The use of poison gas in war was outlawed by the 1899 Hague Declaration Concerning Asphyxiating Gases and the 1907 Hague Convention on Land Warfare.
In World War One, the Germans decided to violate the terms of the these treaties and use poison gas which they did. The Allied powers followed suit. But World War Two was different for various reasons and neither side used poison gas in the European theater except by accident. This is an account of that terrible accident classified top secret for decades.
Magnificent view of Bari harbour today with the Teatromargherita (theatre) in the foreground. Allied freighter SS John Harvey carrying a secret cargo of mustard gas exploded in this harbor after a German air raid on 2 December 1943.
The same harbor on 3 December 1943, the day after the raid by the Luftwaffe.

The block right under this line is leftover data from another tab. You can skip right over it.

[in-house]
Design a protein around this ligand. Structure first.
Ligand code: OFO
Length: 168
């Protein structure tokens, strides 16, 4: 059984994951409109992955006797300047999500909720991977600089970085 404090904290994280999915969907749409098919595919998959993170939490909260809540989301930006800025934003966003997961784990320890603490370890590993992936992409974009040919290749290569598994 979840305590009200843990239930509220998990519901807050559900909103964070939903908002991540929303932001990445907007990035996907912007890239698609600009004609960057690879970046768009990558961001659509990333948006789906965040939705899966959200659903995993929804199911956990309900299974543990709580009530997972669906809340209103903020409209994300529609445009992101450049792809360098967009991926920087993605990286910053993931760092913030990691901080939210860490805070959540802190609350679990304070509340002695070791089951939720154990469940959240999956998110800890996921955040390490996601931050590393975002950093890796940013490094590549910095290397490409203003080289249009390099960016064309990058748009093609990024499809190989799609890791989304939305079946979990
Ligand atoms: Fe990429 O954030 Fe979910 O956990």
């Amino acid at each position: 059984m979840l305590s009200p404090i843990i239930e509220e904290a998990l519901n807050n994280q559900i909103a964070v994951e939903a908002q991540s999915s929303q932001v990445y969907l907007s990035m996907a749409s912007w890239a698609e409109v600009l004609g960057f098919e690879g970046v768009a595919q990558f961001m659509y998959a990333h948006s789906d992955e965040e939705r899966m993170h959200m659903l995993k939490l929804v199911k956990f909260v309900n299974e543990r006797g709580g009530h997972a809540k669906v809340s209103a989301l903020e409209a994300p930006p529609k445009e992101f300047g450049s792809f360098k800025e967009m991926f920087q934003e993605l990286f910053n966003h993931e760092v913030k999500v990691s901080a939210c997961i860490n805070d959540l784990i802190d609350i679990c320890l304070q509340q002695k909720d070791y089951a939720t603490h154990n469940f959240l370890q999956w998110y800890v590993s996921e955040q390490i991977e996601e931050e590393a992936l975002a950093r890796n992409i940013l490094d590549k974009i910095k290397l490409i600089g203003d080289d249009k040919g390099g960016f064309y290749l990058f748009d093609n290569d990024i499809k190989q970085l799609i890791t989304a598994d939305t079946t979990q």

Photo courtesy of: firstname.lastname@example.org/bari_ships.html
In a devastating surprise attack on Allied shipping in the Italian port of Bari on the night of 2 December 1943, Luftwaffe bombers killed as many as two thousand people with half being Allied military and the other half being Italian civilians. Hundreds of the dead, no certainty over how many, were killed when mustard gas bombs aboard the American liberty SS John Harvey ship exploded after the ship was hit and set afire.
Liberty ship SS John W. Brown.
Because Liberty ships were built to a standard design, SS John Harvey would have looked exactly like the SS John W. Brown. The numbers on the bow are Plimsoll marks which indicate how deeply the ship can be loaded depending on time of year and type of water. (Only one part of the world’s oceans are so fierce it has its own mark, Winter North Atlantic—WNA). The photo was taken on the Great Lakes in 2000. SS John W. Brown is one of only two surviving World War II Liberty Ships, the other being the SS Jeremiah O’Brien. (photo from Wikipedia, author unknown).